President’s Baccalaureate Remarks

Saturday, May 18, 2024
by Elizabeth H. Bradley, President

I am delighted to have this ceremony as the anchor of the two days of celebration we are now entering. Thank you to the Council of ALANA Seniors for hosting the Class of 2024 and their families for this Baccalaureate Service. It is wonderful to be here with Mariam Eshetu (Chair of the Council of ALANA Seniors), Reverend Speers, Professor Shih, Dean Alamo, and our speaker and Vassar alum, Monica Macer (Class of ’93).

Congratulations, Class of 2024!

The beauty of Baccalaureate Service is in celebrating our diversity and our unity, together. We have come from so many different places—geographically, psychologically, socially, economically, and politically—and we are going (at least you all are) into so many different walks of life—professionally, artistically, academically, and personally.

The differences we share with each other create a thrilling moment…and opportunity. In fact, we sometimes talk about Vassar as “where edges meet”; where difference comes together—not to be forgotten or assimilated, and never to be segregated, but rather to be engaged—recognizing that our differences are what make us whole, as a community and as a college.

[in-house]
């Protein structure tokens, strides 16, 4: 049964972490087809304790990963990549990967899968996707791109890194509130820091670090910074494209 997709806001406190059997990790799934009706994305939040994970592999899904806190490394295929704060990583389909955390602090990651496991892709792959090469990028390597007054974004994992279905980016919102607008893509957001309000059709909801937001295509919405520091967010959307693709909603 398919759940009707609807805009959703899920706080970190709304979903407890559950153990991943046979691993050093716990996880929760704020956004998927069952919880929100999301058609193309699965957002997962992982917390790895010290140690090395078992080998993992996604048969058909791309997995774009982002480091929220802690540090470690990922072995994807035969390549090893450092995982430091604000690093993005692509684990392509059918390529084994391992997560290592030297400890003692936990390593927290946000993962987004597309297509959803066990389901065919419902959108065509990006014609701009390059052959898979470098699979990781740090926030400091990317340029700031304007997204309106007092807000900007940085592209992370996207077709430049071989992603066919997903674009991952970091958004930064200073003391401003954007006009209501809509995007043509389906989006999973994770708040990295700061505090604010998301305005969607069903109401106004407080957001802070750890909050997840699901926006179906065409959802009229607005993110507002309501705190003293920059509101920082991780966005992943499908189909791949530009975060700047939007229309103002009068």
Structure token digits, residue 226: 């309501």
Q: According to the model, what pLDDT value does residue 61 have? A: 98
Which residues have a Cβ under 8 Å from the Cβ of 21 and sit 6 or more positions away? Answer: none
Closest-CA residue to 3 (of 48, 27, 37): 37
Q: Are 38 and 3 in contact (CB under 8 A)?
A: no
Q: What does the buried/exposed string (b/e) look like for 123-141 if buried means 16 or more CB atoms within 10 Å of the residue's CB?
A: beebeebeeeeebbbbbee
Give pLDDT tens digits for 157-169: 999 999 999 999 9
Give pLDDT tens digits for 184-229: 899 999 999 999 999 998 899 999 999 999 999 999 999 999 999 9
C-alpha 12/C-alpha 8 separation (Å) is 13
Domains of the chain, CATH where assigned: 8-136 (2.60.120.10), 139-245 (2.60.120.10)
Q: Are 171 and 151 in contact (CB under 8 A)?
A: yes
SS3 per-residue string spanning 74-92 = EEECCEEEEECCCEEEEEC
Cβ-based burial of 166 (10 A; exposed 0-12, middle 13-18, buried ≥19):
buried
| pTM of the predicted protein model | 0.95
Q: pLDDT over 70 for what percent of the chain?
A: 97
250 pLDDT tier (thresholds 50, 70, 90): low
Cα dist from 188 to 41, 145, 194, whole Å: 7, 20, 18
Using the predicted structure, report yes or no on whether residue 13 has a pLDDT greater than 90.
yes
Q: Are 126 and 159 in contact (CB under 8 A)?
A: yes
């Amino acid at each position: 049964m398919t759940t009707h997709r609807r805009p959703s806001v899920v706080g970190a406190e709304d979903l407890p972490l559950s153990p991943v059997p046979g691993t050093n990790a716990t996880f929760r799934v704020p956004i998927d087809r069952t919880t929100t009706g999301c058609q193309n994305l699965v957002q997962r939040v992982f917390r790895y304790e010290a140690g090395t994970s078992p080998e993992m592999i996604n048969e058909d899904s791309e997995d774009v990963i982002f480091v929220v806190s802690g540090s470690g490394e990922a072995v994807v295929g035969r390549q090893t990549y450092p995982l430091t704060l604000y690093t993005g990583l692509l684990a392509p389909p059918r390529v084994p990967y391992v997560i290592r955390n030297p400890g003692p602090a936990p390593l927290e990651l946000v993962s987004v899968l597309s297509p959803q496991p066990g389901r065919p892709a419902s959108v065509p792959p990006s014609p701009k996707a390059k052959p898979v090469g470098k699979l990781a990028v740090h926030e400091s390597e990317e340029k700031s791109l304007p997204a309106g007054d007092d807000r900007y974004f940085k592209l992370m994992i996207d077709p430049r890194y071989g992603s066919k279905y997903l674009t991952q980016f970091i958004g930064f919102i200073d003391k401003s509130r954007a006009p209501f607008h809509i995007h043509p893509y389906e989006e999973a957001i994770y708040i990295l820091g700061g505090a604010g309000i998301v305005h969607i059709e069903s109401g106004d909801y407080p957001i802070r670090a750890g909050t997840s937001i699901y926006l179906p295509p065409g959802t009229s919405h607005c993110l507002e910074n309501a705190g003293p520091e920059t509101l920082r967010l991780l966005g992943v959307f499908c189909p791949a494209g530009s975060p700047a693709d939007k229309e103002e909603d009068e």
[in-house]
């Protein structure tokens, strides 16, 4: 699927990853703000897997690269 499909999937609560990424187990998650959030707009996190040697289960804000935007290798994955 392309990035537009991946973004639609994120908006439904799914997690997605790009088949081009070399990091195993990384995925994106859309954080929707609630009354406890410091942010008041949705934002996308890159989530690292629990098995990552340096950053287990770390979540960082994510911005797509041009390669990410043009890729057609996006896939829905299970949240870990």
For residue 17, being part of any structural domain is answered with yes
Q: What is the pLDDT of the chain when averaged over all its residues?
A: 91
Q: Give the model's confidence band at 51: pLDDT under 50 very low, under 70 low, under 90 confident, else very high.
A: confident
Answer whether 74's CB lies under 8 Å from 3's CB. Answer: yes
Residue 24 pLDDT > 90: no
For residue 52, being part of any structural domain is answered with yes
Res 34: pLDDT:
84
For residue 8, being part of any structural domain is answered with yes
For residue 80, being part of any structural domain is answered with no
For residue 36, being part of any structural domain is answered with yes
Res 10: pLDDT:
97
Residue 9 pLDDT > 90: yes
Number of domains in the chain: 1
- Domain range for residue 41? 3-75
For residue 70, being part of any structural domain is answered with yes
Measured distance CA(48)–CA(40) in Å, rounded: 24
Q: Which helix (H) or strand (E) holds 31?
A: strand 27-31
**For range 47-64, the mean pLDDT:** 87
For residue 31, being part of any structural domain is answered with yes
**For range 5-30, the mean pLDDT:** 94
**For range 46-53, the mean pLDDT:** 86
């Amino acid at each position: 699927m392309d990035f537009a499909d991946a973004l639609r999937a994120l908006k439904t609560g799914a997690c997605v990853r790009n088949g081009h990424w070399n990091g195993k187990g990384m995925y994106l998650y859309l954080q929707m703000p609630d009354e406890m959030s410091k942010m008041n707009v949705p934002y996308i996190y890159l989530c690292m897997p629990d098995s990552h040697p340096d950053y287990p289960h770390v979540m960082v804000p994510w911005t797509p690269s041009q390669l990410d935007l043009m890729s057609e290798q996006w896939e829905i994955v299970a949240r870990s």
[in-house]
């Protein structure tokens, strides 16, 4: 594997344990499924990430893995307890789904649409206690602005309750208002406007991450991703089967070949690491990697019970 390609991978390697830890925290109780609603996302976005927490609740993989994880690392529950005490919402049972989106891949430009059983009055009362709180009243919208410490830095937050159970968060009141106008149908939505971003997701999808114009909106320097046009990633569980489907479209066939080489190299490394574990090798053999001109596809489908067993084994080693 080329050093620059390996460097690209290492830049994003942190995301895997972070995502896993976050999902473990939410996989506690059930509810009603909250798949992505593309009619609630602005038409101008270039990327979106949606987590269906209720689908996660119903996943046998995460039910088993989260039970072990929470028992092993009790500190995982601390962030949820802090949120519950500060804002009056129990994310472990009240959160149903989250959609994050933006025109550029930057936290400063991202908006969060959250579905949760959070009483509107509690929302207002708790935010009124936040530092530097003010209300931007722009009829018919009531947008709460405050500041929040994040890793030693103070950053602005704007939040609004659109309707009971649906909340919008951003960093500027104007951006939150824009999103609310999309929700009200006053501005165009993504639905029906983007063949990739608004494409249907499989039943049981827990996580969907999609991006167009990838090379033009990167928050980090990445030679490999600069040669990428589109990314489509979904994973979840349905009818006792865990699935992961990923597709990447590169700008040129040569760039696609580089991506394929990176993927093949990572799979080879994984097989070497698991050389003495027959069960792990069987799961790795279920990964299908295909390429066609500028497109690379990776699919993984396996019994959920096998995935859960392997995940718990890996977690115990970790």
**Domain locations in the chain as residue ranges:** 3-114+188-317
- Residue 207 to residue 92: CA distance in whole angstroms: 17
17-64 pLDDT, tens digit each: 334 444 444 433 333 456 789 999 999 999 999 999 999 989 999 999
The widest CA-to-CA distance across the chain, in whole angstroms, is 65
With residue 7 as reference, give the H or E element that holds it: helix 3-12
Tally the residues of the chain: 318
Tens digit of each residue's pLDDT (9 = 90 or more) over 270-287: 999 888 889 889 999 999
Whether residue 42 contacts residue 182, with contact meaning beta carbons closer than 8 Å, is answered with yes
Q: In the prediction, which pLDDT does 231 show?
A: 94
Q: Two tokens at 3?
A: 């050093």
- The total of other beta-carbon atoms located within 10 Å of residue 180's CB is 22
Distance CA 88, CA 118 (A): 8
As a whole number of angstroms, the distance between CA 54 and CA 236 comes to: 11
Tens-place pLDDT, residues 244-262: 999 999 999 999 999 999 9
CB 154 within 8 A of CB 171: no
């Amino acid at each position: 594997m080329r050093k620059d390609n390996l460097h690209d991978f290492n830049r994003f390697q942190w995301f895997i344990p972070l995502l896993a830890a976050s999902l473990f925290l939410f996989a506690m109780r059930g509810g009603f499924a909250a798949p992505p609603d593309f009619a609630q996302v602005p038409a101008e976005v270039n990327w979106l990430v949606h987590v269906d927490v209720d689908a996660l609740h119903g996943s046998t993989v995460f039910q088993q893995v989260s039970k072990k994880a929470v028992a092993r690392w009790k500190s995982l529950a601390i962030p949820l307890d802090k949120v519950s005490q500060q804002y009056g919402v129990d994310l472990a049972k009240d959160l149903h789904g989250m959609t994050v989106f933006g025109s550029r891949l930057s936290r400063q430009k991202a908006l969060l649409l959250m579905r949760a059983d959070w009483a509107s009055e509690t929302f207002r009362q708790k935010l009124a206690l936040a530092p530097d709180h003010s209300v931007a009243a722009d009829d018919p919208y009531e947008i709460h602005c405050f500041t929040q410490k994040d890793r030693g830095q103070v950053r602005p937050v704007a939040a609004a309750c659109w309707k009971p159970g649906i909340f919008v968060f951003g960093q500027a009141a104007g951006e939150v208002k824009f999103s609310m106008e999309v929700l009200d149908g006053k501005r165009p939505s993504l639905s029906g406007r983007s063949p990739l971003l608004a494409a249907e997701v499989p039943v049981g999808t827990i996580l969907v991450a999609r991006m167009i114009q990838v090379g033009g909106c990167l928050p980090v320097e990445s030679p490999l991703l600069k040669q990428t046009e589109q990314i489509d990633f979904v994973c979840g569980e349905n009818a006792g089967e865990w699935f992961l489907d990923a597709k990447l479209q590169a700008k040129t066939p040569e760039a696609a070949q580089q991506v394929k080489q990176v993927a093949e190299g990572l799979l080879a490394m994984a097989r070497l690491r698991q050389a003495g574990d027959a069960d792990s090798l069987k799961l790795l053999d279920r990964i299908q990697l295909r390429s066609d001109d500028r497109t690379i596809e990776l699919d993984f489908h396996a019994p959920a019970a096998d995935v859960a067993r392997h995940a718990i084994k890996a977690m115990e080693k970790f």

Vassar is forever changing because its classes change, and when you come to Vassar you bring your world with you—a world that no other person has exactly lived.

Then, ideally, in the classroom, in the dorm, in Gordon Commons (ok, the Deece), and on campus—you have expressed those worlds, bringing them into conversation with everyone else’s worlds.

And that meeting (clash?) is not easy. It can be tumultuous. It can be full of emotion—bewildering, uncomfortable at times, but ultimately uplifting and empowering.

And as we engage, as our pluralistic selves, we recognize what we do not know. Ideally, we become humble, recognizing we do not know and we cannot know all—rather we do well to stay “always in pursuit” of more understanding—never sure, never absolutist, never intransigent in our beliefs but rather forever learning.

In that—the commitment to be forever learning—we are united.

I am grateful to your class, who has taught me and Vassar so much about being resilient, caring about the larger world, and staying at the table to build community even amidst a pandemic, untimely deaths, social unrest, and human tragedy—you have been here. You have left your mark. Just one example is the life-giving Garden for the Celebration of Black Lives in the center of campus where we can pass every day and feel inspired. With this and so many other activities, you have persisted and created a social fabric in your class that has strengthened us all. Thank you.

Congratulations on this visible sign of your many accomplishments in what I hope will be a long line of joyous moments in your future lives.

See you tomorrow on Commencement Hill!